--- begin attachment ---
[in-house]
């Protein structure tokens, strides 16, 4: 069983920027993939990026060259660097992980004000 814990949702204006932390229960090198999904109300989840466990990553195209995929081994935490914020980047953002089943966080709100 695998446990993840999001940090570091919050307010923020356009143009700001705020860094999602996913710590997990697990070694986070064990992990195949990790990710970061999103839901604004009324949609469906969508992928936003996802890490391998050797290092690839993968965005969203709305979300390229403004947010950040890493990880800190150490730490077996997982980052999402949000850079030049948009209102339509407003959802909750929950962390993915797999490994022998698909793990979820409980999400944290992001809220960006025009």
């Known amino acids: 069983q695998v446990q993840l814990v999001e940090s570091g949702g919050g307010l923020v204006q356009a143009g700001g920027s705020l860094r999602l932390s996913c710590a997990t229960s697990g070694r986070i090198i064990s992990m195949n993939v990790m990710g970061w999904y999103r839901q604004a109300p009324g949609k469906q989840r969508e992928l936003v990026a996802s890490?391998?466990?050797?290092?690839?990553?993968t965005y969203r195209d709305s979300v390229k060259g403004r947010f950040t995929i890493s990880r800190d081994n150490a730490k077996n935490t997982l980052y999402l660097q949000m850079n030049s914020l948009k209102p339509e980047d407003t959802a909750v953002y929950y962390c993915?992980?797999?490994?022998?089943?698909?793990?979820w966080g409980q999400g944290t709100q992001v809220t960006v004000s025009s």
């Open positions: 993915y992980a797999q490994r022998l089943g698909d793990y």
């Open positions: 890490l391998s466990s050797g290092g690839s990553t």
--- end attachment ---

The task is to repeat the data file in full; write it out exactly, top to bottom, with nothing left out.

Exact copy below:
[in-house]
């Protein structure tokens, strides 16, 4: 069983920027993939990026060259660097992980004000 814990949702204006932390229960090198999904109300989840466990990553195209995929081994935490914020980047953002089943966080709100 695998446990993840999001940090570091919050307010923020356009143009700001705020860094999602996913710590997990697990070694986070064990992990195949990790990710970061999103839901604004009324949609469906969508992928936003996802890490391998050797290092690839993968965005969203709305979300390229403004947010950040890493990880800190150490730490077996997982980052999402949000850079030049948009209102339509407003959802909750929950962390993915797999490994022998698909793990979820409980999400944290992001809220960006025009």
């Known amino acids: 069983q695998v446990q993840l814990v999001e940090s570091g949702g919050g307010l923020v204006q356009a143009g700001g920027s705020l860094r999602l932390s996913c710590a997990t229960s697990g070694r986070i090198i064990s992990m195949n993939v990790m990710g970061w999904y999103r839901q604004a109300p009324g949609k469906q989840r969508e992928l936003v990026a996802s890490?391998?466990?050797?290092?690839?990553?993968t965005y969203r195209d709305s979300v390229k060259g403004r947010f950040t995929i890493s990880r800190d081994n150490a730490k077996n935490t997982l980052y999402l660097q949000m850079n030049s914020l948009k209102p339509e980047d407003t959802a909750v953002y929950y962390c993915?992980?797999?490994?022998?089943?698909?793990?979820w966080g409980q999400g944290t709100q992001v809220t960006v004000s025009s």
């Open positions: 993915y992980a797999q490994r022998l089943g698909d793990y």
């Open positions: 890490l391998s466990s050797g290092g690839s990553t």